Early Childhood Education’s Roots in
This chapter examines how early childhood became part of the national discourse on social justice through its establishment during the War on Poverty and how this lens of socioeconomic and social justice continues to be woven through early education.
“What could it be this time?” Dr. Regina Williamson sighs and puts her palm on her forehead as she looks at the number on her cellphone. Her son Reginald’s child-care program, Promise Academy Child Development Center, is calling. She wonders what they could be calling her about in the less than 30 minutes since she dropped off her two sons. This is the third call in three weeks! The other two calls had forced her to cancel her office hours with students to rush to pick up one of the boys because the school indicated he was being aggressive with other children. She quickly looks at her calendar to see what appointments she would need to cancel.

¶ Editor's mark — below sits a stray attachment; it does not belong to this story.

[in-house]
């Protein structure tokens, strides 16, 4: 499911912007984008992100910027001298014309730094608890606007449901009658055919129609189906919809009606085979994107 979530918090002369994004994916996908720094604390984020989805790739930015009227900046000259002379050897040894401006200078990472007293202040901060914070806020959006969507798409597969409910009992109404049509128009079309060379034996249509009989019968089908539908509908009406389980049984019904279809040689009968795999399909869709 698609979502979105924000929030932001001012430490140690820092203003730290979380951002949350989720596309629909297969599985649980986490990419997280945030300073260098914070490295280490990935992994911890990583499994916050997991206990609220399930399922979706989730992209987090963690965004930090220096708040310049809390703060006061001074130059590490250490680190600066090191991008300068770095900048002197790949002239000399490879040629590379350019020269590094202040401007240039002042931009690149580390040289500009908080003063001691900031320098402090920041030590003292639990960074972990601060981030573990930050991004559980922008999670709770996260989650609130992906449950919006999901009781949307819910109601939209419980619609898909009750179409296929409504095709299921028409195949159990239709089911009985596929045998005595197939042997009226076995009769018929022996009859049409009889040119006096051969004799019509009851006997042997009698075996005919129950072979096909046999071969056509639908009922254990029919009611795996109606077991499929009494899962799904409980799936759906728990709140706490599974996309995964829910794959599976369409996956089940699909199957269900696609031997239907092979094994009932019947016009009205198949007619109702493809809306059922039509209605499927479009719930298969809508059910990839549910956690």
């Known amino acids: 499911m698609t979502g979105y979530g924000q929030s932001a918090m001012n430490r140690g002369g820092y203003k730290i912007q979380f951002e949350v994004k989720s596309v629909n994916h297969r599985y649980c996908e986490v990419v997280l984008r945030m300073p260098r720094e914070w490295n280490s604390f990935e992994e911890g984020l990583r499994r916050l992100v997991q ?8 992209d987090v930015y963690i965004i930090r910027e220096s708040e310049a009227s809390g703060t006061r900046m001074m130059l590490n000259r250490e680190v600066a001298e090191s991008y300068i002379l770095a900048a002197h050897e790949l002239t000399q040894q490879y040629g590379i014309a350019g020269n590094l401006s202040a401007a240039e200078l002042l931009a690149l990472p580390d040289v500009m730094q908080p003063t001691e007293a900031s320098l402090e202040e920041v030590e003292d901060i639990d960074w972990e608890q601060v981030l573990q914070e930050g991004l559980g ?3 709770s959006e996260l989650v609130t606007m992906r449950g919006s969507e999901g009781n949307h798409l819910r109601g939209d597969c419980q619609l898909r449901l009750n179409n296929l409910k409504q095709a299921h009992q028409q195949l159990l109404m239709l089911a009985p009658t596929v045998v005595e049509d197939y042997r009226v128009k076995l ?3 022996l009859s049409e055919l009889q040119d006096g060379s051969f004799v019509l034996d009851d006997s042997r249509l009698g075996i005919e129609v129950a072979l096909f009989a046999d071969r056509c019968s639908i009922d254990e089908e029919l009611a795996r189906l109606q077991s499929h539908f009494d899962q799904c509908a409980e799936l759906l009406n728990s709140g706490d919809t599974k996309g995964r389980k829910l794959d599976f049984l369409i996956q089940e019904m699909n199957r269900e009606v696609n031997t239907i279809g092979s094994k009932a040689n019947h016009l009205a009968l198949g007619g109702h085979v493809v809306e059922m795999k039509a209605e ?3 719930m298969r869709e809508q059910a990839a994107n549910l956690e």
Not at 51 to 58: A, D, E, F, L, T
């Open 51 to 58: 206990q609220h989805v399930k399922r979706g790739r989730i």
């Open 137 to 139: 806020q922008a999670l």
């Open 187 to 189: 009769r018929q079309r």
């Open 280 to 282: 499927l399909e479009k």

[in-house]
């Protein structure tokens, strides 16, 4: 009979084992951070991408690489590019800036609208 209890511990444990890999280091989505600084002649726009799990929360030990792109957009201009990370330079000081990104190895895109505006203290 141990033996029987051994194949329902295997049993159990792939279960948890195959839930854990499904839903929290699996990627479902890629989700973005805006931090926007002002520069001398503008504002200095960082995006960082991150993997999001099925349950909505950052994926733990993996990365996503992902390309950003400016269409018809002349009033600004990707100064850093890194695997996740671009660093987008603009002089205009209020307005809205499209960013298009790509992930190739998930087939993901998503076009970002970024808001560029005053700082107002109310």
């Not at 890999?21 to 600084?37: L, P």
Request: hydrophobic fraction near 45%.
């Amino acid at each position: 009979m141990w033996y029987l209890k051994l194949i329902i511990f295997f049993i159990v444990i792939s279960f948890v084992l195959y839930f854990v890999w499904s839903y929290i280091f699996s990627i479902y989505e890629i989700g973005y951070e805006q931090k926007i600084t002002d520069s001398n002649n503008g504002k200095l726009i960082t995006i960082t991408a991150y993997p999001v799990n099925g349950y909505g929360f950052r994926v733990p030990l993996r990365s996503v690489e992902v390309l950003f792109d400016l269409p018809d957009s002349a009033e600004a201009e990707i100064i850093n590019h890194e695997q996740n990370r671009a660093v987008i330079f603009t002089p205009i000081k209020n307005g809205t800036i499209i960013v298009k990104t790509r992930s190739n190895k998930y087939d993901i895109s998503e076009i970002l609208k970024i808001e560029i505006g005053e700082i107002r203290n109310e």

Regina breathes a long, overwhelmed sigh. She and her husband have worked hard to provide their boys with the best education possible. They want their sons to be understood and well-liked by the teachers and students; this isn’t always easy, given that the boys are typically the only African American children in predominantly White preschools. She knows it can’t just be her boys, because she has heard other moms in the school talking about how their own children behave. They behave even worse than Reginald and Dawaan, yet they don’t get suspended. What is it about her boys? It just seems as though the teachers are too hard on them.
She slowly answers her cellphone. “Hello, Ms. Shaunda.”